( d )467 MHz interstitial channels. Only hand-held portable units may transmit on these 7 channels. The channel center frequencies are: 467.5675, 467.5875, 467.6125, 467.6375, 467.6625, 467.6875, and 467.7125 MHz.

I could be wrong...

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Some people make things way too complex. Overanalysis = paralysis. 

 

As for CWID, yes, a repeater can and will transmit morse code on the output (462.xxxx) frequency. If you really read deep into the rules, I suppose that you can make a case that the mobile unit which transmits into the repeater on 467.xxxx should also be identifying.  A simple verbal call sign identification would serve that purpose, but I'm also not aware of a single case of the FCC ever taking action against some one who only identified on the GMRS repeater's output.

 

There are tone panels out there which will CWID based upon the tone/PL/DPL in use. In short, you can have different CWID's for different users, and pre-program them into the repeater based upon the user's PL tone. A pretty easy way to have multiple users identifying off a single repeater.

 

There are plenty of type accepted Part 95 radios out there, but they're not all being sold new anymore. Wanting brand new limits your choices, for sure.

 

There's also no FCC action I've ever seen that the FCC took against someone for using re-purposed Part 90 radios, and there's been a few letters and tacit admissions posted by the FCC where they realize that people are using surplus Part 90 radios and repeaters for GMRS. Does lack of enforcement = legal?  Probably not, but I'll still keep using Part 90 gear until such time as the FCC tells me to stop. Over the air, there's little way to tell what type of radio someone is using.

 

I guess some people like to know exactly who is talking & wish for an easy way to identify such. I view an automated CWID as being legal, slightly more anonymous, and a whole lot easier to use for my family. We don't need to spend 10 seconds identifying ourselves before we see if Mom wants milk on the way home. We let the automated CWID take care of all that after we're done talking.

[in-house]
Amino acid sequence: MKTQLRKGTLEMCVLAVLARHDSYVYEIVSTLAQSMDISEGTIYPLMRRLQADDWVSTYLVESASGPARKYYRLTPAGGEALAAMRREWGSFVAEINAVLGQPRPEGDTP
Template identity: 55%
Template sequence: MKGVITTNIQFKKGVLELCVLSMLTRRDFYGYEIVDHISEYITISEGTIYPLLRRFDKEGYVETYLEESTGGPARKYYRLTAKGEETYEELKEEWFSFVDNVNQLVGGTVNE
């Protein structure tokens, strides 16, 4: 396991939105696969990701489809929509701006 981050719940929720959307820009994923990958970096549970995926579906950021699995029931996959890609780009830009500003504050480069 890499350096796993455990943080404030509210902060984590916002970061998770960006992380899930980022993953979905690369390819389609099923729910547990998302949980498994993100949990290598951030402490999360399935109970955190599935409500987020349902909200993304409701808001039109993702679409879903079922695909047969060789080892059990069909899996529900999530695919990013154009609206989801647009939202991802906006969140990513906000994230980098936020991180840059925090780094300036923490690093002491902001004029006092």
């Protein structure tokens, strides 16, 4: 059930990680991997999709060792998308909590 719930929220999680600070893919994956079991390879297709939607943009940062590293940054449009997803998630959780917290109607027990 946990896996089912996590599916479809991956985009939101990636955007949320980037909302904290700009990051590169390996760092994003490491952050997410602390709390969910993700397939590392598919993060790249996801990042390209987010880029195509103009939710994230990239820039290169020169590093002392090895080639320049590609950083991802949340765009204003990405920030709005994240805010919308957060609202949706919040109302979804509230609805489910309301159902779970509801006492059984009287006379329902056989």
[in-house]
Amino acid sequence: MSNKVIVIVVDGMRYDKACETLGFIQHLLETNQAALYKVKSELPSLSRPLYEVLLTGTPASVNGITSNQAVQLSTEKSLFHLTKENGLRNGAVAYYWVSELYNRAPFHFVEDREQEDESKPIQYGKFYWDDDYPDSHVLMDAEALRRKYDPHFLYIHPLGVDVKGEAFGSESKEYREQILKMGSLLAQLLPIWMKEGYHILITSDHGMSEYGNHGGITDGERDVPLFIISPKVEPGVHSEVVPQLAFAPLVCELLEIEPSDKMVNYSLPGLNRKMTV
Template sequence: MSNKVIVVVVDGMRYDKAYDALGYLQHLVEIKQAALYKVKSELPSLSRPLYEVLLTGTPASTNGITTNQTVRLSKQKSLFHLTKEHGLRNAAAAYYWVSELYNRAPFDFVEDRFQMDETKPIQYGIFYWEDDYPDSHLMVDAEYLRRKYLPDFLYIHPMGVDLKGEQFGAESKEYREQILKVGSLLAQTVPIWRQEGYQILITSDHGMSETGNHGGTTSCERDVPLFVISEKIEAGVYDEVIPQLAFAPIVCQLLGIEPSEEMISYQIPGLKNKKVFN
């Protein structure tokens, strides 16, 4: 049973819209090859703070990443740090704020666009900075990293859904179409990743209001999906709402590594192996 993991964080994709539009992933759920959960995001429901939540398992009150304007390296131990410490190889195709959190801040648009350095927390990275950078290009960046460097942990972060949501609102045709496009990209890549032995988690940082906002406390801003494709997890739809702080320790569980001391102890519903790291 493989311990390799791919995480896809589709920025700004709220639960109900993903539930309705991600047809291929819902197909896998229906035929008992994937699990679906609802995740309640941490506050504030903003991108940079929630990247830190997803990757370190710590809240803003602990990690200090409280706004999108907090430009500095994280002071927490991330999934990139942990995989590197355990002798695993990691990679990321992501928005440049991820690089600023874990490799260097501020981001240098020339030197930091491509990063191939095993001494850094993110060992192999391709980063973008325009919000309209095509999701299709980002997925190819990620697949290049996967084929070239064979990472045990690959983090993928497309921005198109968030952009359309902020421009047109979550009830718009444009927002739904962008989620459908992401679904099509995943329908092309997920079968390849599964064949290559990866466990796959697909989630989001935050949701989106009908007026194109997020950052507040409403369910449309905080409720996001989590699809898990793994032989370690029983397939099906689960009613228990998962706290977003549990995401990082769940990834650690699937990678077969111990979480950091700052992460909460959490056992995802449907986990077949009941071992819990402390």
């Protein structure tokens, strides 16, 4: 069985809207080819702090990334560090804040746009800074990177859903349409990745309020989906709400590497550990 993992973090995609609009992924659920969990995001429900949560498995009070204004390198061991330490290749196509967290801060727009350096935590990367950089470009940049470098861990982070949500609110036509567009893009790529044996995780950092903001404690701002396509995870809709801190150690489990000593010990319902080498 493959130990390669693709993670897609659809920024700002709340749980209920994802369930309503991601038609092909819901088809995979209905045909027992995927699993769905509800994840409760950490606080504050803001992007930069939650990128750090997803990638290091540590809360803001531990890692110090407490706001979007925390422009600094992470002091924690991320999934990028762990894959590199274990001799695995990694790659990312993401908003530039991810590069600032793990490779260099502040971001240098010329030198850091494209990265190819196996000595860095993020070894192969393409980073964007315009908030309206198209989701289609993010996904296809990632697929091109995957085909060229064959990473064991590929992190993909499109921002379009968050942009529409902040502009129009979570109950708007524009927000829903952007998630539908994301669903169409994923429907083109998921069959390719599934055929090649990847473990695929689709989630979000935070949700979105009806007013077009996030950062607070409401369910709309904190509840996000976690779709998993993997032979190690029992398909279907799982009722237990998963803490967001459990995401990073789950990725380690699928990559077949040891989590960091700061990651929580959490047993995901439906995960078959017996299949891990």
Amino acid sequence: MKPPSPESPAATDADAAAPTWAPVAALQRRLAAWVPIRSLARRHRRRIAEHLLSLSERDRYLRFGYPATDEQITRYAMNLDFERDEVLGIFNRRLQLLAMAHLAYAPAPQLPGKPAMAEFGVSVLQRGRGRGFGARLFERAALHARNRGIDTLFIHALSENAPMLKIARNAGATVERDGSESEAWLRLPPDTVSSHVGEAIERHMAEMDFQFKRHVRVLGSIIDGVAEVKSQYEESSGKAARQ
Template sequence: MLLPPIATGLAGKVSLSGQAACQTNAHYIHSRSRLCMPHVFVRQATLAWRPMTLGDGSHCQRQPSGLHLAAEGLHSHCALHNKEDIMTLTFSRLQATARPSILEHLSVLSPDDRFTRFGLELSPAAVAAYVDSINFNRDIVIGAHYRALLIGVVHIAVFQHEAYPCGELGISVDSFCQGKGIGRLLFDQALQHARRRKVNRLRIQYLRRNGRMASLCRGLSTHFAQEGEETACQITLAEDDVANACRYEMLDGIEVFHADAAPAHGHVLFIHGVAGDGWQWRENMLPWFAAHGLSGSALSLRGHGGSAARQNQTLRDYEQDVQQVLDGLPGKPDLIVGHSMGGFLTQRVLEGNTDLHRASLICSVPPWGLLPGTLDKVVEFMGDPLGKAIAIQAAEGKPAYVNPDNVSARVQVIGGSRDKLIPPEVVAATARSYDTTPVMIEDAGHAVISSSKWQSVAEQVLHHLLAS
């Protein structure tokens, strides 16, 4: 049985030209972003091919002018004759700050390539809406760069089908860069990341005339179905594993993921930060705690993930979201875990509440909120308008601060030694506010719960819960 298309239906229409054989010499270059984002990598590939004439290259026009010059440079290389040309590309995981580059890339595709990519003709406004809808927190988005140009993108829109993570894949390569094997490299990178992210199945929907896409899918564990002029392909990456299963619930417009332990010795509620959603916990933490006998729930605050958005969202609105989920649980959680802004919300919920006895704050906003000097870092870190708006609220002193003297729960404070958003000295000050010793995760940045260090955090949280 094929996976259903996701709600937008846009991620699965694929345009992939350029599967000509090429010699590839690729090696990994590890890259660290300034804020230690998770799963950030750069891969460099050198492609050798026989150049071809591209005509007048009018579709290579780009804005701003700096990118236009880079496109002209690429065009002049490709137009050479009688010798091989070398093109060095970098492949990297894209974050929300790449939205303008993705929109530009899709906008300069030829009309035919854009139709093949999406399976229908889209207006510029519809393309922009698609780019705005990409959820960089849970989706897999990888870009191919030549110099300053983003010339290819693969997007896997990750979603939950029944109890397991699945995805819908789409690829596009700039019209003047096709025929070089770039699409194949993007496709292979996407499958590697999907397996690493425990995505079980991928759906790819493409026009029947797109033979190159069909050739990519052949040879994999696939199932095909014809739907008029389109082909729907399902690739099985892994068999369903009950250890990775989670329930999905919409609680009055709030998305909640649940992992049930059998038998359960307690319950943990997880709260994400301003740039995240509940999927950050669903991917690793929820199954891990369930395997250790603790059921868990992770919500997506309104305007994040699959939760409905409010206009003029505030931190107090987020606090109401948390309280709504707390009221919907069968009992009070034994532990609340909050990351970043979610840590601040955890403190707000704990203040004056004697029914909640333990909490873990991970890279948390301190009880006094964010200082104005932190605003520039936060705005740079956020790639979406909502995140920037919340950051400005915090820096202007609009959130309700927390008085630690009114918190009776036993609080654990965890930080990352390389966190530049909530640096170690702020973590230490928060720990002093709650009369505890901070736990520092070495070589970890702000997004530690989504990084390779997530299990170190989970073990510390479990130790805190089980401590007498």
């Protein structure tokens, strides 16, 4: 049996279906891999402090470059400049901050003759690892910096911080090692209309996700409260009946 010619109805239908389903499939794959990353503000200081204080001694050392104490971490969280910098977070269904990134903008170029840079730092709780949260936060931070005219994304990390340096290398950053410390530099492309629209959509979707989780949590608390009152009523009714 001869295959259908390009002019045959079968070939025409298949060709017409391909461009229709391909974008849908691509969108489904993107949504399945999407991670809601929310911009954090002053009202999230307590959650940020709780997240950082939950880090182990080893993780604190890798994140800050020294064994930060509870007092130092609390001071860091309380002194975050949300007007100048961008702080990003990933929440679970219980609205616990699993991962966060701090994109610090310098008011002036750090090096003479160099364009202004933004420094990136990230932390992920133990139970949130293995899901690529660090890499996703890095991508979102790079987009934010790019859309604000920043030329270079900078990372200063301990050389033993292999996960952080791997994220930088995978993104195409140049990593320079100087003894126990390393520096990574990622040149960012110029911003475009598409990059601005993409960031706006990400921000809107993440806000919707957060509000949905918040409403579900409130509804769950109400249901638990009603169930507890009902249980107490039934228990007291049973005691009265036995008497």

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There are tone panels out there which will CWID based upon the tone/PL/DPL in use. In short, you can have different CWID's for different users, and pre-program them into the repeater based upon the user's PL tone. A pretty easy way to have multiple users identifying off a single repeater.

 

Oh, sweet!  Can you link to that?
 
There are plenty of type accepted Part 95 radios out there, but they're not all being sold new anymore. Wanting brand new limits your choices, for sure.

 

Boy, if you think this is bad, you should see my selection of legal, repeater-capable handhelds…
 

 

Repeater Capable Handhelds

 

I know of only three repeater capable handhelds ever made (that weren't software-locked BaoFengs). One was offered in yellow and Realtree™. The other was offered in black and Realtree™. (™ used in the most sarcastic fashion possible, because I'm annoyed)

 

Motorola MS350R (yellow) Motorola MS355R (RealTree™)

 

Olympia R500

 

Motorola MR356R (black) Motorola MR566R (RealTree™)

 

Is this possibly correct?

Are the most legally-uptight, totally-sure-to-be-legal-after-the-crackdown options all discontinued?

 

 

Over the air, there's little way to tell what type of radio someone is using.